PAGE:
As the play begins, themes of unrequited love and of children resisting their parents’ impositions are already at work, and before long it seems like everyone is pining for or chasing after the one who does not love them in return. Magical potions and spells further complicate these mixed-up affairs. Among the first confused pairs to be introduced are Hermia and Lysander, and Helena and Demetrius. Hermia wants to marry Lysander, but her father insists she marry Demetrius, so she and Lysander run away together. Helena is in love with Demetrius. There is an open question about whether he actually loves Hermia in return, or if he is marrying her out of duty, in that he had previously been interested in Helena.
In writing an analysis of Helena’s and Demetrius’s interactions in Act 2, keep in mind what the playwright had established it in Act 1. By the time they meet again in the forest, the audience is also aware of the jealous Oberon’s plot to anoint Titania with a magic flower to make her fall in love with whomever or whatever she sees when she wakes up. While Oberon waits for Puck to bring the flower, Helena and Demetrius enter and he overhears their argument, which leads him to decide to work the magic on Demetrius as well. Again, the audience will be aware that this will soon occur, so the couple’s dialogue will have meaning to the audience that it does not have to the characters themselves.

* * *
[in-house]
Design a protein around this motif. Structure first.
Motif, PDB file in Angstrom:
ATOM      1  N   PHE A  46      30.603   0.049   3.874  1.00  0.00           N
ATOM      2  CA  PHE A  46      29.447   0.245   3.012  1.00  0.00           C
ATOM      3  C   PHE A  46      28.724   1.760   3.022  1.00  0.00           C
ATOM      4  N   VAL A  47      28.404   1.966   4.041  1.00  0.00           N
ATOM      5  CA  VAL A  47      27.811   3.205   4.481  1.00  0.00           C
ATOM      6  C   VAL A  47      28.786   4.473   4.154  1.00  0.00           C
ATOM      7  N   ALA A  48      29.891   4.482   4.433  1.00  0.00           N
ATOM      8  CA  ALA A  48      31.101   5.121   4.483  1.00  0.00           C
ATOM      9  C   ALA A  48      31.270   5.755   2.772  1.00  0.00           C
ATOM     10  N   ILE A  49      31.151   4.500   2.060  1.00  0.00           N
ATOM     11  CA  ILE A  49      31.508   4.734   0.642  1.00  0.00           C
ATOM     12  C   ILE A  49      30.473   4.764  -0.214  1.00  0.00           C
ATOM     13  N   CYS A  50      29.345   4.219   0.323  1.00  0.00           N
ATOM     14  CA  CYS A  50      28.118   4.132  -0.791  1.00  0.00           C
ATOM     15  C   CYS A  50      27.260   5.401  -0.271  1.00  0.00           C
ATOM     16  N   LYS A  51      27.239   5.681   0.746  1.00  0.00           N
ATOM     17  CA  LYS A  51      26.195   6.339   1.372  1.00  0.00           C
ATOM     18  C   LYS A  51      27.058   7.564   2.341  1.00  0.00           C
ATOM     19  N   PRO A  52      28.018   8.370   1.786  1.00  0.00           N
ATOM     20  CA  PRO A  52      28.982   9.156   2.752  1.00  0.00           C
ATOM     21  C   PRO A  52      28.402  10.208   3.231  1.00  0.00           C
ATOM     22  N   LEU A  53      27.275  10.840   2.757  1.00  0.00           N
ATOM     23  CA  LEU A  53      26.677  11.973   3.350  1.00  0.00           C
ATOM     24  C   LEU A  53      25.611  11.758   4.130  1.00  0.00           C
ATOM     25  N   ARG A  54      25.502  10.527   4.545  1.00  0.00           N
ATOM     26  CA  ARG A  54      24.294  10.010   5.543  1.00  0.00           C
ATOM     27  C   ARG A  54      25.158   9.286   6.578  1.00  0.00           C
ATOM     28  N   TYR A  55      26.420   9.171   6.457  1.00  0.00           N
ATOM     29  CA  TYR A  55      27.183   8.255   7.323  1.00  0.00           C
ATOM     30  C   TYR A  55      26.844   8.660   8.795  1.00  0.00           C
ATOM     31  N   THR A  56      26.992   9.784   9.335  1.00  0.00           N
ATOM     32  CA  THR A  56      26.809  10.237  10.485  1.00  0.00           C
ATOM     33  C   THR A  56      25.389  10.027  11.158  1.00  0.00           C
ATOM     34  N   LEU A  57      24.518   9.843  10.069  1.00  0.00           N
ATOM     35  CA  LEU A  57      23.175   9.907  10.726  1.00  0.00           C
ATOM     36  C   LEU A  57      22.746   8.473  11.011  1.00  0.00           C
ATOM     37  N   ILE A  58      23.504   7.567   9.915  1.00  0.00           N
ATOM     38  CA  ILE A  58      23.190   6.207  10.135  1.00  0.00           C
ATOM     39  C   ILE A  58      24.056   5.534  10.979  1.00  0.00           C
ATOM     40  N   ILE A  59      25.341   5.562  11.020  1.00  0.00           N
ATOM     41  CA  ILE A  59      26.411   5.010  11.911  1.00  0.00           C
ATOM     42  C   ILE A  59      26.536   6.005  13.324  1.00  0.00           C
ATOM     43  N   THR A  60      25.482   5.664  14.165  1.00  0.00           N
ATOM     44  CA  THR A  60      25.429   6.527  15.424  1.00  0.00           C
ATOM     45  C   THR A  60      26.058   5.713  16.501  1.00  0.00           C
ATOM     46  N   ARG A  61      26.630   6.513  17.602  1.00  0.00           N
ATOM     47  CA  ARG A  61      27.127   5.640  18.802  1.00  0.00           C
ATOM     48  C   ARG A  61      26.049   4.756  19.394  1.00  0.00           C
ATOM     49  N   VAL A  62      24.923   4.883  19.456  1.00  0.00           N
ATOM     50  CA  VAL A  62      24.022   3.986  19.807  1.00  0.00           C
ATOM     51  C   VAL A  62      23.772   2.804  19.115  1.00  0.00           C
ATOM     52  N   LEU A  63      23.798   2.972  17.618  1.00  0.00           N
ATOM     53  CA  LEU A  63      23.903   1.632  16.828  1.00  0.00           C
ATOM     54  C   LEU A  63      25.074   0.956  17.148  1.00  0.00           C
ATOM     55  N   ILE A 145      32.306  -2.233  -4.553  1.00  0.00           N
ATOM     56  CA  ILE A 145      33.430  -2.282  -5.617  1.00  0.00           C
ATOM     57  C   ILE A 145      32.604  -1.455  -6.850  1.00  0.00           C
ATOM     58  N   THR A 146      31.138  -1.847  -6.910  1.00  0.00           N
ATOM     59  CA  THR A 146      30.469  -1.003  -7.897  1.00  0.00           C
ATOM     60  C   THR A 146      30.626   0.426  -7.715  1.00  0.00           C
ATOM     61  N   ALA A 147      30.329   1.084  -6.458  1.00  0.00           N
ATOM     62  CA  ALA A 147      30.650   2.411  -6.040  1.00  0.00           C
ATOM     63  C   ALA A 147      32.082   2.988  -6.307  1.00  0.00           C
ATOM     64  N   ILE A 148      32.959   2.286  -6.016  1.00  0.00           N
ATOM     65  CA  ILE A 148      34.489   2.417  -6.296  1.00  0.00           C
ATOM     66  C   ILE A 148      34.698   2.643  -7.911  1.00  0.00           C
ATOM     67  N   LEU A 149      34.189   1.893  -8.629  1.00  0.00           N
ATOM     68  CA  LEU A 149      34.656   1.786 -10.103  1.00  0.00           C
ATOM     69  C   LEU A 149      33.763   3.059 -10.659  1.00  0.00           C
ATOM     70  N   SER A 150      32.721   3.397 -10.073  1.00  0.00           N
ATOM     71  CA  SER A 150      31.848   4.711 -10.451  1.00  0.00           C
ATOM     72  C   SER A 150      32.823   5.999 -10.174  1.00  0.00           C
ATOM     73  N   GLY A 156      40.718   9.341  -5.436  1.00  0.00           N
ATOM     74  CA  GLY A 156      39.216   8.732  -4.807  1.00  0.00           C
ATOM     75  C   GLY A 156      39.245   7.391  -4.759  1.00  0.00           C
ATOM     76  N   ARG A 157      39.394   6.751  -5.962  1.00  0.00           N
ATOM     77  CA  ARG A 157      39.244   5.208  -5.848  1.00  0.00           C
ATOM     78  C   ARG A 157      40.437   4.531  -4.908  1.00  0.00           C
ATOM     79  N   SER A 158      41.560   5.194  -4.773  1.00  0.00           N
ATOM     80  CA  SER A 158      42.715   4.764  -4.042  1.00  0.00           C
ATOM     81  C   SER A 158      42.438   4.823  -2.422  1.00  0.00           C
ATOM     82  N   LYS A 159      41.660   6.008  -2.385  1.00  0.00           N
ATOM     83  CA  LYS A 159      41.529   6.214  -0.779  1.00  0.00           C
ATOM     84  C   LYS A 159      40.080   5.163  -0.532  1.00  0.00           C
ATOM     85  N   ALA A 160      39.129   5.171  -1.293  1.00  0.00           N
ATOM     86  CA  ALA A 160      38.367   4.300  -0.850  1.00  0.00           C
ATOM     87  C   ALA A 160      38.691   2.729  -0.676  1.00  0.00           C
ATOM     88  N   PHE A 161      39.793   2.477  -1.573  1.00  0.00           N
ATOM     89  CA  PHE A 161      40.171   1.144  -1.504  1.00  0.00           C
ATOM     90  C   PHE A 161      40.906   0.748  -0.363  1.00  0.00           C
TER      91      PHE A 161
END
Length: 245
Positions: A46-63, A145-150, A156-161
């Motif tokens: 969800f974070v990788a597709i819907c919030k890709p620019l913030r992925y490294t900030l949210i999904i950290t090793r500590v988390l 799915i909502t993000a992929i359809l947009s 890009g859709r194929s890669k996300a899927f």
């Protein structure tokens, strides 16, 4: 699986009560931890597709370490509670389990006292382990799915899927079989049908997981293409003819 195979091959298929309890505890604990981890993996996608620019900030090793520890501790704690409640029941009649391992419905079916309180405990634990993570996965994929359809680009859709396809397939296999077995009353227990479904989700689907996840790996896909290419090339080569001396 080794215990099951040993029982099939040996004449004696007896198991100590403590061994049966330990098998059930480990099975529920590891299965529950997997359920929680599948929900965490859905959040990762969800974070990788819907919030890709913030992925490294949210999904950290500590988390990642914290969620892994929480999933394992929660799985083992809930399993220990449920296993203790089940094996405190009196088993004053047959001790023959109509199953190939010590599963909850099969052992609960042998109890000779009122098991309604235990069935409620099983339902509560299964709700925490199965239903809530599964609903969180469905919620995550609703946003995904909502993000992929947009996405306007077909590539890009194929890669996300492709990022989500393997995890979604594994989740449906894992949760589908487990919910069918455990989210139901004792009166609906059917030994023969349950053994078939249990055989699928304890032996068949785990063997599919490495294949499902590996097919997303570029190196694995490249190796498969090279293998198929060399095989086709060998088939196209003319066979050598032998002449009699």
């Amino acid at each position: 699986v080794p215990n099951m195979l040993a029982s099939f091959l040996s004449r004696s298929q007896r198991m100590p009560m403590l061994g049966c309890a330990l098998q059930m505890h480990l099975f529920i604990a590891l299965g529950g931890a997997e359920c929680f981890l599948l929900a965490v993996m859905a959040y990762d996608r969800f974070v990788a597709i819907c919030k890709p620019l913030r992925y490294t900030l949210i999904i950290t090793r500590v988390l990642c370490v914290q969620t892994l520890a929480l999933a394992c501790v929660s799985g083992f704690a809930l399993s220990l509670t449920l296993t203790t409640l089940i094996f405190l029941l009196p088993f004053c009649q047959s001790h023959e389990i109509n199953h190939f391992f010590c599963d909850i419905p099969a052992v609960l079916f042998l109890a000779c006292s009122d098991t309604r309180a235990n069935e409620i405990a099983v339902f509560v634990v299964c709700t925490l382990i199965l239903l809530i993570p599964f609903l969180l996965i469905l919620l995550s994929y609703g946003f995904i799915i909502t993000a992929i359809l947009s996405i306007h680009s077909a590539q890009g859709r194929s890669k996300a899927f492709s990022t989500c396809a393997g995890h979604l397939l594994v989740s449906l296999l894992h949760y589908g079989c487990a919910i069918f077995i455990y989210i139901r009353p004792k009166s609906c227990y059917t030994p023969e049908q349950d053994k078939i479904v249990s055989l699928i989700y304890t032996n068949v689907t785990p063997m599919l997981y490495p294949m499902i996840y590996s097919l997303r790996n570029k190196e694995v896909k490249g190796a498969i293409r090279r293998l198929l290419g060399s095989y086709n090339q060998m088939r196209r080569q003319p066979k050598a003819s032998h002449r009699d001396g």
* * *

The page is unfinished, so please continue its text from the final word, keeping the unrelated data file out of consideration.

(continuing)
Helena is so far gone with love for Demetrius that she scarcely cares how he treats her. However, she completely blames him because he did pursue her before he fell for Hermia. She holds him responsible: it is he who is attracting or “drawing” her, and she has no power to resist but must follow.
You draw me, you hard-hearted adamant;
But yet you draw not iron, for my heart
Is true as steel: leave you your power to draw,
And I shall have no power to follow you.
The excesses of her lovesick condition emerge most clearly in the very difficult lines about being his dog, where she encourages him to mistreat her. At the same time, through this exaggeration, she reminds him how badly he is already treating her, worse than he would treat his dog:
What worser place can I beg in your love,--
And yet a place of high respect with me,--
Than to be used as you use your dog?
Much of their dialogue includes word play so, although the message is serious, the tone is humorous. In reading the play, keep in mind that they will be acting out the scene as well, probably chasing each other around the stage as if they were in a forest clearing. Thinking about the words as prompts to action will help the relationship come alive.
Demetrius speaks harshly, saying he will let the “wild beasts” get her, or that he will “strike” her, so it possible but not likely that he might do her physical harm. The threats seem intended to get rid of her so he can go looking for Hermia. He says she is taking a big risk to be alone with him in the woods, but she is confident that he will behave properly: “Your virtue is my privilege….”
As a contrast to the passive tone in the “dog” speech, Hermia ends the scene by once again blaming Demetrius, and by extension all men, for their bad actions and reminding him of the double standard, as society frowns on women behaving as men do. Women are supposed to be passive, as if made of “wood” rather than pursue, or “woo” a man.
Your wrongs do set a scandal on my sex:
We cannot fight for love, as men may do;
We should be wood and were not made to woo.